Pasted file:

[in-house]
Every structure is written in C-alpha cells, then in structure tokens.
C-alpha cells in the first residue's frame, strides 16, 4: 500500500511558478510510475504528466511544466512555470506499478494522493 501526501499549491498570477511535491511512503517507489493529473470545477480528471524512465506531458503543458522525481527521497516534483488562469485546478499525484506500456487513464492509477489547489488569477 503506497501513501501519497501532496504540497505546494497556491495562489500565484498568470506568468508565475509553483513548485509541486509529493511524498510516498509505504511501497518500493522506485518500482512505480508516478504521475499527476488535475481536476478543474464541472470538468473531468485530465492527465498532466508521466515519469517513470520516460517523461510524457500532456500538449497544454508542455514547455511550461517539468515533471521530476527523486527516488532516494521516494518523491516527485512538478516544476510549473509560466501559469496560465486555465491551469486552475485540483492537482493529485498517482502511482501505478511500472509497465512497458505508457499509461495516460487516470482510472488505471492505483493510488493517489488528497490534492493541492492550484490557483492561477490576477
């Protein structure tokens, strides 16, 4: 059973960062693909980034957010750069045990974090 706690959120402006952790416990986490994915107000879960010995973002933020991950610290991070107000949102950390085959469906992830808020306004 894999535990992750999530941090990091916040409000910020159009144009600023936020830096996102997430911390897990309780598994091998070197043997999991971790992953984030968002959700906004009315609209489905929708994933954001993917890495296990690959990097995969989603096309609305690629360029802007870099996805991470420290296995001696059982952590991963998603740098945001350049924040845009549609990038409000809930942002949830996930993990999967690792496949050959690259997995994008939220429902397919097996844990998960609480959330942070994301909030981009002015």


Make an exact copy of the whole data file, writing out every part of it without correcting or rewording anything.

[in-house]
Every structure is written in C-alpha cells, then in structure tokens.
C-alpha cells in the first residue's frame, strides 16, 4: 500500500511558478510510475504528466511544466512555470506499478494522493 501526501499549491498570477511535491511512503517507489493529473470545477480528471524512465506531458503543458522525481527521497516534483488562469485546478499525484506500456487513464492509477489547489488569477 503506497501513501501519497501532496504540497505546494497556491495562489500565484498568470506568468508565475509553483513548485509541486509529493511524498510516498509505504511501497518500493522506485518500482512505480508516478504521475499527476488535475481536476478543474464541472470538468473531468485530465492527465498532466508521466515519469517513470520516460517523461510524457500532456500538449497544454508542455514547455511550461517539468515533471521530476527523486527516488532516494521516494518523491516527485512538478516544476510549473509560466501559469496560465486555465491551469486552475485540483492537482493529485498517482502511482501505478511500472509497465512497458505508457499509461495516460487516470482510472488505471492505483493510488493517489488528497490534492493541492492550484490557483492561477490576477
């Protein structure tokens, strides 16, 4: 059973960062693909980034957010750069045990974090 706690959120402006952790416990986490994915107000879960010995973002933020991950610290991070107000949102950390085959469906992830808020306004 894999535990992750999530941090990091916040409000910020159009144009600023936020830096996102997430911390897990309780598994091998070197043997999991971790992953984030968002959700906004009315609209489905929708994933954001993917890495296990690959990097995969989603096309609305690629360029802007870099996805991470420290296995001696059982952590991963998603740098945001350049924040845009549609990038409000809930942002949830996930993990999967690792496949050959690259997995994008939220429902397919097996844990998960609480959330942070994301909030981009002015």